Grow (or purchase) plants that naturally deter wasps, such as spearmint, eucalyptus, citronella, thyme, and wormwood. As a bonus, some of those plants also help repel mosquitos. Replace flowers with those pants in the areas you frequently sit or play.
*All mint plants, eucalyptus, and thyme are toxic to dogs and cats. Always check with your veterinarian before growing new plants. Click here for an ASPCA toxic/non-toxic plant list for dogs and here for cats.
6. Peppermint Oil *Pet Toxicity Warning
Studies show that wasps are not a fan of mint. Add a few drops of peppermint oil to a cotton pad and place them around the outside of your home, under the eaves and under decks, etc.
*Mint is toxic to pets. With that in mind, cats and dogs cannot walk upside down. So, it is possible to position minty cotton pads in places that wasps can get to, but that pets can't. Just be certain they cannot detach and land in a place that your pets have access to.
If Nests Already Exist On Your Property
1. Know Thy Frienemy
If some little flying pollinators have already claimed territory in your yard, it's important to know whether they're wasps or bees. The information above and the picture below will help you make that determination.
2. If It's Bees
Contact a local beekeeper. Beekeepers can safely relocate bees from your property and to a new area where they can live long happy lives and continue pollinating plants. Some beekeepers remove all bees, others only honey bees. You can find national beekeeper lists here and here.
3. If It's Wasps
If a wasp nest can't be ignored and you absolutely must destroy it to protect children or your pets, be certain to contact a professional if you are allergic. If you're not allergic and decide to go it alone, wait until after dusk (when wasps are less active), wear thick gloves, glasses, layered clothing and a mask. Be sure to tuck your pants into your boots. It sounds over-the-top, but this will protect you from potential stings. Non-toxic options are available, such as plain soap and water.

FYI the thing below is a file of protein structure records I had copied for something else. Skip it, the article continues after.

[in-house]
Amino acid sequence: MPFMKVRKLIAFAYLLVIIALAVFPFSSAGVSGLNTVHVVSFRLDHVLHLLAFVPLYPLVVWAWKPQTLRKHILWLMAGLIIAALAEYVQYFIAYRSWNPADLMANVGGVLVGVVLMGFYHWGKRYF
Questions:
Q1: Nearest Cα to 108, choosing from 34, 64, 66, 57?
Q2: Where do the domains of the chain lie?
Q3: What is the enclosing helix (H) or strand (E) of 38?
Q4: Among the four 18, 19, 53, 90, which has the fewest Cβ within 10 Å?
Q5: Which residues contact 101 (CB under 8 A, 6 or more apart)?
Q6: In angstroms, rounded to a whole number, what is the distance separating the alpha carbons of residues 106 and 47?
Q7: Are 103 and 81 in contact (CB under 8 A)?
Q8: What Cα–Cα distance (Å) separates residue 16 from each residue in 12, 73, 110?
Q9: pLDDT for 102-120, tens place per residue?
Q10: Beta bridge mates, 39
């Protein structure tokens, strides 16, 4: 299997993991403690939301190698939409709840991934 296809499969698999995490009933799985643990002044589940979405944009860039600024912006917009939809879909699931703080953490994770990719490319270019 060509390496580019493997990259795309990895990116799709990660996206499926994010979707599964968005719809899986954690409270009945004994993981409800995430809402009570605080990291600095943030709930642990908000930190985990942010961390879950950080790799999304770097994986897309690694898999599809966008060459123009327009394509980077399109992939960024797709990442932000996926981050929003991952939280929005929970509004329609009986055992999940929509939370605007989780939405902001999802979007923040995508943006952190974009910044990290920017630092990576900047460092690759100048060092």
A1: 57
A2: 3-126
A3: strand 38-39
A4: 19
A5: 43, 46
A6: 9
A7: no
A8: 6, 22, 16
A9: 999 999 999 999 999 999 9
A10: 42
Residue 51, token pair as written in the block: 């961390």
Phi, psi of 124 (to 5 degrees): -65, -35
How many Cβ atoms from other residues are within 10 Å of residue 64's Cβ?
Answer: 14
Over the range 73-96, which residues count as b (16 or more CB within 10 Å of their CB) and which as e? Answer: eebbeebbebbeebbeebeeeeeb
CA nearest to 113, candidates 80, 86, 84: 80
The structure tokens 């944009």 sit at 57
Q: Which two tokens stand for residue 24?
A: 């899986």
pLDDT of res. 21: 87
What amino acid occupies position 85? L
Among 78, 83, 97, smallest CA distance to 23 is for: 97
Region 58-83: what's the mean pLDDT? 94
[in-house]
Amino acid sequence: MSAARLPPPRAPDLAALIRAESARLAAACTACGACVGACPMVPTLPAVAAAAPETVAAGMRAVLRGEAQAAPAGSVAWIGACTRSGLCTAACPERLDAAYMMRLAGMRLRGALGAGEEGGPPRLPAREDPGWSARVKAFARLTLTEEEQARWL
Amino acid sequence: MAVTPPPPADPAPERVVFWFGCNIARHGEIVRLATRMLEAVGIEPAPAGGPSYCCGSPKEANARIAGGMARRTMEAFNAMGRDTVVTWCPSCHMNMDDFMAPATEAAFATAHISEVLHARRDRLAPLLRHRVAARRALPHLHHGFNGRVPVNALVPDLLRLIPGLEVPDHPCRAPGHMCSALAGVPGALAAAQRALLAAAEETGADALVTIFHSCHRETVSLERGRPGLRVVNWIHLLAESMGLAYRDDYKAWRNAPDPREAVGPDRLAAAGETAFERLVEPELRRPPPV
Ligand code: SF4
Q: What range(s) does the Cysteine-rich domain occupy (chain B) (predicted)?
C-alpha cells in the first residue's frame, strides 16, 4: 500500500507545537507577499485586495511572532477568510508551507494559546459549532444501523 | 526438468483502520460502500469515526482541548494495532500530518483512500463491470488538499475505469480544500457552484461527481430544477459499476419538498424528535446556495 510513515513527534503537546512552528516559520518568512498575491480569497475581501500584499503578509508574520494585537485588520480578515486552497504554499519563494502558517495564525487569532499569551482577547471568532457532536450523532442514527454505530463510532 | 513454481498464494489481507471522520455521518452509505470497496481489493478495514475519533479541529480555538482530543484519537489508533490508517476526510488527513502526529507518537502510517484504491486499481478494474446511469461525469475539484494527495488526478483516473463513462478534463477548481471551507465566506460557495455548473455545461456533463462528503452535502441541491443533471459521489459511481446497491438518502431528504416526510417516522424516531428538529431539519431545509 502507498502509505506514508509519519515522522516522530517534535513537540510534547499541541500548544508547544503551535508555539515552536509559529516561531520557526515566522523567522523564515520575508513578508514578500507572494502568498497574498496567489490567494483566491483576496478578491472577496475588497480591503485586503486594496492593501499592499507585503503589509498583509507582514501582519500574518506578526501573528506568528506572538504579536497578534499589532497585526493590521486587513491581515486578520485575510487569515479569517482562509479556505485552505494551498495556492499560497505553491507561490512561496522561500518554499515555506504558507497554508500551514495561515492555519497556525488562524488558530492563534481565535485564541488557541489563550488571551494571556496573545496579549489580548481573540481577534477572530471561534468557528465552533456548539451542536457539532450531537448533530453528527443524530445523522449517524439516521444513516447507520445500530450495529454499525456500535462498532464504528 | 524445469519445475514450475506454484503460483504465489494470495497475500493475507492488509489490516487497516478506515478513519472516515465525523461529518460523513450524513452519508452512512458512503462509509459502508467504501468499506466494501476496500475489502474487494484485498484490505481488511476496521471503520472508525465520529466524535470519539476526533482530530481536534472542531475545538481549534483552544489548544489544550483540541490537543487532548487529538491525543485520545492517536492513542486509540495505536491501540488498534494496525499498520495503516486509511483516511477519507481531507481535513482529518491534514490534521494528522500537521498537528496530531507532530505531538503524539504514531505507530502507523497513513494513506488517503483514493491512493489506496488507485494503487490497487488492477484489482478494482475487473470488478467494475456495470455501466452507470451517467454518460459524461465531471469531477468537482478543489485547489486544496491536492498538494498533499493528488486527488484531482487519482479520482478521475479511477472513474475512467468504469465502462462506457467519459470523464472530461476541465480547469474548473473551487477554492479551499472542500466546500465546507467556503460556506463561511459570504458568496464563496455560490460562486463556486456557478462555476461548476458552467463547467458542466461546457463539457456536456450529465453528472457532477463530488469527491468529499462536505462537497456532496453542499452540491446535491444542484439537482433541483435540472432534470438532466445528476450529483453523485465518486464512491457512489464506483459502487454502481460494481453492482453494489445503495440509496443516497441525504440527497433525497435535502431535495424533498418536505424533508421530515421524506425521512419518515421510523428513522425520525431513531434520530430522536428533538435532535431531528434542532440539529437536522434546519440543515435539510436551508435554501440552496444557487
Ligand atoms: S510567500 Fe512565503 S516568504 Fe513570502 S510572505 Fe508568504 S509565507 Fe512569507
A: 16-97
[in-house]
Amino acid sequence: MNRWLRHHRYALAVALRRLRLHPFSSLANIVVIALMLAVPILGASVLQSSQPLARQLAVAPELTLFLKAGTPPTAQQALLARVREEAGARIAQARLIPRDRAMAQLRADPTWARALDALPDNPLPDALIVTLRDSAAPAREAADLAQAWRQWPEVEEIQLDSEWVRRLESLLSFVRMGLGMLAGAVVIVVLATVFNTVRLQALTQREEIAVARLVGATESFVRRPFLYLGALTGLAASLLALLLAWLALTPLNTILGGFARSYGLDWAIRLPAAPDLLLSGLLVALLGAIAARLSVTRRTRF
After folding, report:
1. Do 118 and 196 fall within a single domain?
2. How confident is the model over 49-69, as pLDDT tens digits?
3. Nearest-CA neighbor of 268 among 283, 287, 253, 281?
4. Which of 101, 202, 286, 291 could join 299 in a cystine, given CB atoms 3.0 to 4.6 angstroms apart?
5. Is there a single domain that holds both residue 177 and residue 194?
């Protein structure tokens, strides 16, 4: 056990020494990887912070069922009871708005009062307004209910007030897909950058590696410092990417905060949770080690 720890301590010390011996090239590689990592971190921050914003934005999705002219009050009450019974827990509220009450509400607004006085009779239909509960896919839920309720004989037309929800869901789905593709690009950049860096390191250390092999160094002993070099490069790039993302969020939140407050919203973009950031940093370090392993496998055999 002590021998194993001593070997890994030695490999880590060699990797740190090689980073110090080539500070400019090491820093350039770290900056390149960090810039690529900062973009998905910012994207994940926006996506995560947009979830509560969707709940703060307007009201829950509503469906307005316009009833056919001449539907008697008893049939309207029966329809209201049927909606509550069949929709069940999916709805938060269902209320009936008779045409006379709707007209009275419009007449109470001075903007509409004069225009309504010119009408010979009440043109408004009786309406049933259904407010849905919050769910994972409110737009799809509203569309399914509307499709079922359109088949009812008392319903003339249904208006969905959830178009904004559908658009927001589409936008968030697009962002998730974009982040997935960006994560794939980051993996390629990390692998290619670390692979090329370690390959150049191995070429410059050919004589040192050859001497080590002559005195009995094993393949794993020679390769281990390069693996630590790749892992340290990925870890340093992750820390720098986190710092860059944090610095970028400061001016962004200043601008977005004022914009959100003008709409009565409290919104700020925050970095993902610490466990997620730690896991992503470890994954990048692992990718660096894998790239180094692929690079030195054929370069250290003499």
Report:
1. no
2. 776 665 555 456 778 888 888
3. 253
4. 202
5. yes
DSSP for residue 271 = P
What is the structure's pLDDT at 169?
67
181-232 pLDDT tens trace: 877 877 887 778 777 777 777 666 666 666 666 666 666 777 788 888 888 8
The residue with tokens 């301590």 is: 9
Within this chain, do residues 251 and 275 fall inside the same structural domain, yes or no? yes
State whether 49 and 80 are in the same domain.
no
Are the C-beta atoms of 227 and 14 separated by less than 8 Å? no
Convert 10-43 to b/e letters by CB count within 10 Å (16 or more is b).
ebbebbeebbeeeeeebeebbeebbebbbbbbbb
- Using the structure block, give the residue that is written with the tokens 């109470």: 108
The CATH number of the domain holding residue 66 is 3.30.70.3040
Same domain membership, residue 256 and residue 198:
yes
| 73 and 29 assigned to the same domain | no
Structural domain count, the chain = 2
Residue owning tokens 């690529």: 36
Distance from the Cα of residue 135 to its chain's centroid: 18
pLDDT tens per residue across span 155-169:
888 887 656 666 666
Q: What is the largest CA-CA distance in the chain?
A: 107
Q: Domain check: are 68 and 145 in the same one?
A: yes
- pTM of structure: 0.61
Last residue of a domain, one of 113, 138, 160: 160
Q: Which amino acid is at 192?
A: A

Soap and Water: Add two tablespoons of dish soap to a spray bottle filled with water. Spray bottles can be used on small nests, a larger bottle with a hose attachment is more fitting for larger nests. Stand as far away as possible, aim directly towards the nest and spray it down thoroughly. Soap is said to be more humane than pesticides, which can take hours to kill wasps, whereas soap clogs their breathing pores and kills them more quickly.
Insecticide: If you use an insecticide, let it be as a very last resort. Gear up as shown above. Additionally, place a disposable tarp directly below the area you are spraying; protecting the ground. Do not inhale the fumes. Follow the instructions on the bottle and keep people and pets out of the area at least for the time-frame recommended by the manufacturer, if not longer.
Prevention Over Eradication
Be sure to start with prevention, or follow any nest removal with the deterrence methods listed above. Not only will it contribute to the survival of Earth's hardworking pollinators, but of humans, our beloved pets, and wildlife as well.
(1) USFWS, "Endangered Species Fact Sheet; Rusty patch bumble bee", Jan 10, 2017
(2) L. Chittka & A. Dyer, "Cognition: Your face looks familiar", Jan 11, 2012,
https://www.nature.com/articles/481154a, Mar 29, 2018
(3) J. Lieff, M.D., "The Remarkable Bee Brain", Nov 12, 2012
http://jonlieffmd.com/blog/the-remarkable-bee-brain-2, Mar 29, 2018
(6) Dr. H. Handley, "Pyrethrin/Pyrethroid Poisoning in Cats", 2015
(7) Dr. H. Handley, "Pyrethrin/Pyrethroid Poisoning in Dogs", 2015
(8) Beyond Pesticides, NCAMP, "Chemical Watch Fact Sheet, Cyfluthrin", Aug 2017
(9) American Academy of Pediatrics, "Pesticide Exposure in Children", 2012